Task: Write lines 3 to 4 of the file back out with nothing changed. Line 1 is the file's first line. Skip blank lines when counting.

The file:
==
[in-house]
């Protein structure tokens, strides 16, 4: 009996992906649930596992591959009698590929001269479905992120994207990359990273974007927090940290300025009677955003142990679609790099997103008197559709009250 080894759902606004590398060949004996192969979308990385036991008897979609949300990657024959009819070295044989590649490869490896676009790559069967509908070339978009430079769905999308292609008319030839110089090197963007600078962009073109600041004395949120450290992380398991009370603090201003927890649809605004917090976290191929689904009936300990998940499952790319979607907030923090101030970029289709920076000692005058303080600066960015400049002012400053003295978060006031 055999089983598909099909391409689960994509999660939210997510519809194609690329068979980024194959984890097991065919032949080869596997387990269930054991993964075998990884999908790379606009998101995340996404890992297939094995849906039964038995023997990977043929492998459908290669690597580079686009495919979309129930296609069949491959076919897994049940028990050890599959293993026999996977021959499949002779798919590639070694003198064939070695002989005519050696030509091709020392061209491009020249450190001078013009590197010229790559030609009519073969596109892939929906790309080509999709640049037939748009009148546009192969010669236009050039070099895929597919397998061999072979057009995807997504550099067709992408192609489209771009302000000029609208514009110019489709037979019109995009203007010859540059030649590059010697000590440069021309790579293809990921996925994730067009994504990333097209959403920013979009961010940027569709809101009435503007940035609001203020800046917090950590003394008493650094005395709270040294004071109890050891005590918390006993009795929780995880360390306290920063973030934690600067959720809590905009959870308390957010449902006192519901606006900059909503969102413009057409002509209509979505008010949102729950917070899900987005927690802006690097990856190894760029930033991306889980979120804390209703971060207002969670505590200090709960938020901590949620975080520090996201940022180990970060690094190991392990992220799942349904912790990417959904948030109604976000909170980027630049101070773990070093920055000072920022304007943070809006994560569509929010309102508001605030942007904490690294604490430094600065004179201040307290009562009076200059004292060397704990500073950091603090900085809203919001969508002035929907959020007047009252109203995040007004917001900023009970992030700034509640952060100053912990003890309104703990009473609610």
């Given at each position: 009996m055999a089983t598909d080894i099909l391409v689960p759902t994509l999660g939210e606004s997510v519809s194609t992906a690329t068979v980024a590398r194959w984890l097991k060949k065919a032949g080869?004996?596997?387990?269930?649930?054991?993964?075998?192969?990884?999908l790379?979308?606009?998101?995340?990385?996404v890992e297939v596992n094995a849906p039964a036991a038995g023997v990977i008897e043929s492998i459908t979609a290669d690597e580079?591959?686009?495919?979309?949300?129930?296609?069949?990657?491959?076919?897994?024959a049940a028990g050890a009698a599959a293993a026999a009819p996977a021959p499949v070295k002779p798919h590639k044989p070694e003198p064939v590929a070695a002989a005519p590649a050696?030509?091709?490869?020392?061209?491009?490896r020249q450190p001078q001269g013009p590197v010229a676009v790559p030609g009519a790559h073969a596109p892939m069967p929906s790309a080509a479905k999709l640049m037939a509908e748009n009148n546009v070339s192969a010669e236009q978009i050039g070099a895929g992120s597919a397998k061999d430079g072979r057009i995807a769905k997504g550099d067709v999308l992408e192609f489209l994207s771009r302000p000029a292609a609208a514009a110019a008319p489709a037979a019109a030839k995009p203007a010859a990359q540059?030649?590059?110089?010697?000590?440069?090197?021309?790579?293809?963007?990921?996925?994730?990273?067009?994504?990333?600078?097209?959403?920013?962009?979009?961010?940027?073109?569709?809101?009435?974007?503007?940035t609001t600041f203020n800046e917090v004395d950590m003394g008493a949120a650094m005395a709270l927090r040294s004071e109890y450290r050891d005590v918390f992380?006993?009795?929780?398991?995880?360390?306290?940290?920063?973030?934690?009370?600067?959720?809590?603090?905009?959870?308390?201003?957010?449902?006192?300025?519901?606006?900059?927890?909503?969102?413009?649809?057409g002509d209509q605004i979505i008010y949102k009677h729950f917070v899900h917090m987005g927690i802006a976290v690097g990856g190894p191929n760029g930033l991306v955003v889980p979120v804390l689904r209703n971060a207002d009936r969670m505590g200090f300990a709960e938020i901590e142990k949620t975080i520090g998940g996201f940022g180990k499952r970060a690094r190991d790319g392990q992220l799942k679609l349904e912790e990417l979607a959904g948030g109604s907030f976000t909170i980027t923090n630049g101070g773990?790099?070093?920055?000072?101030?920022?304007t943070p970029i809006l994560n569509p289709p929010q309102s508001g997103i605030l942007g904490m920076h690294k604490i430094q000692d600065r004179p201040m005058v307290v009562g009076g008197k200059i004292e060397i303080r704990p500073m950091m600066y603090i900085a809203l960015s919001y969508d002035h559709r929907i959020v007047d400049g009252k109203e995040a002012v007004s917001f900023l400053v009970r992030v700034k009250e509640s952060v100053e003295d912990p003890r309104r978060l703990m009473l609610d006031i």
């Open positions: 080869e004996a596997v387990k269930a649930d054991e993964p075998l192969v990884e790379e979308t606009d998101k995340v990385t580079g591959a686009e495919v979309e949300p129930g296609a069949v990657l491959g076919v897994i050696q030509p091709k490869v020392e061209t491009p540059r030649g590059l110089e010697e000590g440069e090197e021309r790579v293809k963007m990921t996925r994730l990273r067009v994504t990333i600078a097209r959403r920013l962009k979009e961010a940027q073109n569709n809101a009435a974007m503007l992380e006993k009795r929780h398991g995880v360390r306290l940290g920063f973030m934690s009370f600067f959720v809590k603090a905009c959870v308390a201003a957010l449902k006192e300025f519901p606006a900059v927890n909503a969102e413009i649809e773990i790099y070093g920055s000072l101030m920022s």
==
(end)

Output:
């Given at each position: 009996m055999a089983t598909d080894i099909l391409v689960p759902t994509l999660g939210e606004s997510v519809s194609t992906a690329t068979v980024a590398r194959w984890l097991k060949k065919a032949g080869?004996?596997?387990?269930?649930?054991?993964?075998?192969?990884?999908l790379?979308?606009?998101?995340?990385?996404v890992e297939v596992n094995a849906p039964a036991a038995g023997v990977i008897e043929s492998i459908t979609a290669d690597e580079?591959?686009?495919?979309?949300?129930?296609?069949?990657?491959?076919?897994?024959a049940a028990g050890a009698a599959a293993a026999a009819p996977a021959p499949v070295k002779p798919h590639k044989p070694e003198p064939v590929a070695a002989a005519p590649a050696?030509?091709?490869?020392?061209?491009?490896r020249q450190p001078q001269g013009p590197v010229a676009v790559p030609g009519a790559h073969a596109p892939m069967p929906s790309a080509a479905k999709l640049m037939a509908e748009n009148n546009v070339s192969a010669e236009q978009i050039g070099a895929g992120s597919a397998k061999d430079g072979r057009i995807a769905k997504g550099d067709v999308l992408e192609f489209l994207s771009r302000p000029a292609a609208a514009a110019a008319p489709a037979a019109a030839k995009p203007a010859a990359q540059?030649?590059?110089?010697?000590?440069?090197?021309?790579?293809?963007?990921?996925?994730?990273?067009?994504?990333?600078?097209?959403?920013?962009?979009?961010?940027?073109?569709?809101?009435?974007?503007?940035t609001t600041f203020n800046e917090v004395d950590m003394g008493a949120a650094m005395a709270l927090r040294s004071e109890y450290r050891d005590v918390f992380?006993?009795?929780?398991?995880?360390?306290?940290?920063?973030?934690?009370?600067?959720?809590?603090?905009?959870?308390?201003?957010?449902?006192?300025?519901?606006?900059?927890?909503?969102?413009?649809?057409g002509d209509q605004i979505i008010y949102k009677h729950f917070v899900h917090m987005g927690i802006a976290v690097g990856g190894p191929n760029g930033l991306v955003v889980p979120v804390l689904r209703n971060a207002d009936r969670m505590g200090f300990a709960e938020i901590e142990k949620t975080i520090g998940g996201f940022g180990k499952r970060a690094r190991d790319g392990q992220l799942k679609l349904e912790e990417l979607a959904g948030g109604s907030f976000t909170i980027t923090n630049g101070g773990?790099?070093?920055?000072?101030?920022?304007t943070p970029i809006l994560n569509p289709p929010q309102s508001g997103i605030l942007g904490m920076h690294k604490i430094q000692d600065r004179p201040m005058v307290v009562g009076g008197k200059i004292e060397i303080r704990p500073m950091m600066y603090i900085a809203l960015s919001y969508d002035h559709r929907i959020v007047d400049g009252k109203e995040a002012v007004s917001f900023l400053v009970r992030v700034k009250e509640s952060v100053e003295d912990p003890r309104r978060l703990m009473l609610d006031i």
């Open positions: 080869e004996a596997v387990k269930a649930d054991e993964p075998l192969v990884e790379e979308t606009d998101k995340v990385t580079g591959a686009e495919v979309e949300p129930g296609a069949v990657l491959g076919v897994i050696q030509p091709k490869v020392e061209t491009p540059r030649g590059l110089e010697e000590g440069e090197e021309r790579v293809k963007m990921t996925r994730l990273r067009v994504t990333i600078a097209r959403r920013l962009k979009e961010a940027q073109n569709n809101a009435a974007m503007l992380e006993k009795r929780h398991g995880v360390r306290l940290g920063f973030m934690s009370f600067f959720v809590k603090a905009c959870v308390a201003a957010l449902k006192e300025f519901p606006a900059v927890n909503a969102e413009i649809e773990i790099y070093g920055s000072l101030m920022s």